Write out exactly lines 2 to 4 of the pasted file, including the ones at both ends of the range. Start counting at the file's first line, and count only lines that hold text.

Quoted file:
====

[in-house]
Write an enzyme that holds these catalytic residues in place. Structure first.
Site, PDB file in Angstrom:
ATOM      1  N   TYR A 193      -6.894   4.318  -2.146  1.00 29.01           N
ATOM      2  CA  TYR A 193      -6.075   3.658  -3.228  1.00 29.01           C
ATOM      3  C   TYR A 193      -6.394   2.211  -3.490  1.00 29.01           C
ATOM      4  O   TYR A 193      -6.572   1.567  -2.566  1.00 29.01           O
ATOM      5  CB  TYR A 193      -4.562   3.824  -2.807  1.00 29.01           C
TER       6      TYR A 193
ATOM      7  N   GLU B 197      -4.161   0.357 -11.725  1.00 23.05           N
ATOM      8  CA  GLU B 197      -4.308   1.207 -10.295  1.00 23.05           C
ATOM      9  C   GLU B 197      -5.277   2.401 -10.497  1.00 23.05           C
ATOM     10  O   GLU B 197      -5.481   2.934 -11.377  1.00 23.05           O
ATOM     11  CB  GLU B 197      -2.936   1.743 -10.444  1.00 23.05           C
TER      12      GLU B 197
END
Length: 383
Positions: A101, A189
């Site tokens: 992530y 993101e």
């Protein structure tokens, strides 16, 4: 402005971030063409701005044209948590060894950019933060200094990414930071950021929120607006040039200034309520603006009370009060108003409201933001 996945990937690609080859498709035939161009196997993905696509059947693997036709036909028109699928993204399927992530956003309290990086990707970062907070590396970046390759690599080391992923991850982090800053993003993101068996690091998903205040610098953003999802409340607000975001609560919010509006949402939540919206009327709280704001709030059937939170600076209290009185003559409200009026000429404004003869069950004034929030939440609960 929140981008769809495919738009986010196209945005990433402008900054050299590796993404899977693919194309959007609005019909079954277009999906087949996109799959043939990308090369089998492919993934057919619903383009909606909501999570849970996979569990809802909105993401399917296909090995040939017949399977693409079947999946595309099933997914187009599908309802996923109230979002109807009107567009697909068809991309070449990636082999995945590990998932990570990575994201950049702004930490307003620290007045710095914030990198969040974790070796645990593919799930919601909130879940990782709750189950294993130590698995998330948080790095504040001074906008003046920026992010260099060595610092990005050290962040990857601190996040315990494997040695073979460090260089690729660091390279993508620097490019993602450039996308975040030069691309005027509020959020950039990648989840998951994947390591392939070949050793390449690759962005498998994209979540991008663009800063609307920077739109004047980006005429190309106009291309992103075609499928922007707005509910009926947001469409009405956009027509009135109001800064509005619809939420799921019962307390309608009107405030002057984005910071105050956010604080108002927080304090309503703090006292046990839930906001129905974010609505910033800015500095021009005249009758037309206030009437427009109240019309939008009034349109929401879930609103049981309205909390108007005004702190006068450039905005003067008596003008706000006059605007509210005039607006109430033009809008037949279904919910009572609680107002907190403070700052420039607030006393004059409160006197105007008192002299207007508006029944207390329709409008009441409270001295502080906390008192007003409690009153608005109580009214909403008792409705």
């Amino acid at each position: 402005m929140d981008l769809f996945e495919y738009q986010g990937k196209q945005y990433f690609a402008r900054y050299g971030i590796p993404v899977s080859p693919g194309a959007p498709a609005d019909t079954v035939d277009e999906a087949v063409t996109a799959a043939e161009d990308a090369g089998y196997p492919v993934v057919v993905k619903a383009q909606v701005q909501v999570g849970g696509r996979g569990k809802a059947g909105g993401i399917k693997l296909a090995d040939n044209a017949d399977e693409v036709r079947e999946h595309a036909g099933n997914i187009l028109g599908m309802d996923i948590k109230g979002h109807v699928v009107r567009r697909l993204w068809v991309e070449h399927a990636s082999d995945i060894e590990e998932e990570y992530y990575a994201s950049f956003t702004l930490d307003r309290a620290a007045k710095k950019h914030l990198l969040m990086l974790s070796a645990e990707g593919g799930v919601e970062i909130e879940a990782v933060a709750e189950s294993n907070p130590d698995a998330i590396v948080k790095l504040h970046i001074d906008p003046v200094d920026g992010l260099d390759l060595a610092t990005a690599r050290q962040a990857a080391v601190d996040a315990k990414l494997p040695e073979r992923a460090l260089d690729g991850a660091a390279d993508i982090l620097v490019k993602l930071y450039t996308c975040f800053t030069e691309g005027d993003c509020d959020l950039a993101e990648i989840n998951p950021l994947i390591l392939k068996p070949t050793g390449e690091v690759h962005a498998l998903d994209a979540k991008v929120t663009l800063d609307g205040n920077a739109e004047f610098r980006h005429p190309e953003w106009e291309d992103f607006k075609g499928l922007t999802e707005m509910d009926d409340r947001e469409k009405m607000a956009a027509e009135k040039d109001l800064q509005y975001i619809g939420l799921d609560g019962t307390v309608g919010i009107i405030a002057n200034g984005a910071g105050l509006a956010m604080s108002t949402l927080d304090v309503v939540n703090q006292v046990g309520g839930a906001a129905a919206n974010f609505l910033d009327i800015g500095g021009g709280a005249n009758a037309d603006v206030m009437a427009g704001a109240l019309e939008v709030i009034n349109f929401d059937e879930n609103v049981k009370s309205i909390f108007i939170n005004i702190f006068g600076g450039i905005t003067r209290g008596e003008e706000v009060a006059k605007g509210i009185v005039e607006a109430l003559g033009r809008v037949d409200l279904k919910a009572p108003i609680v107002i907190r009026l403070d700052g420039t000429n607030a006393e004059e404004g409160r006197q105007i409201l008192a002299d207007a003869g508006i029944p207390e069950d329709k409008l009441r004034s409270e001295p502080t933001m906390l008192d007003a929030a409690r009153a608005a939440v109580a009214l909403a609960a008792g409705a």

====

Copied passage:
Write an enzyme that holds these catalytic residues in place. Structure first.
Site, PDB file in Angstrom:
ATOM      1  N   TYR A 193      -6.894   4.318  -2.146  1.00 29.01           N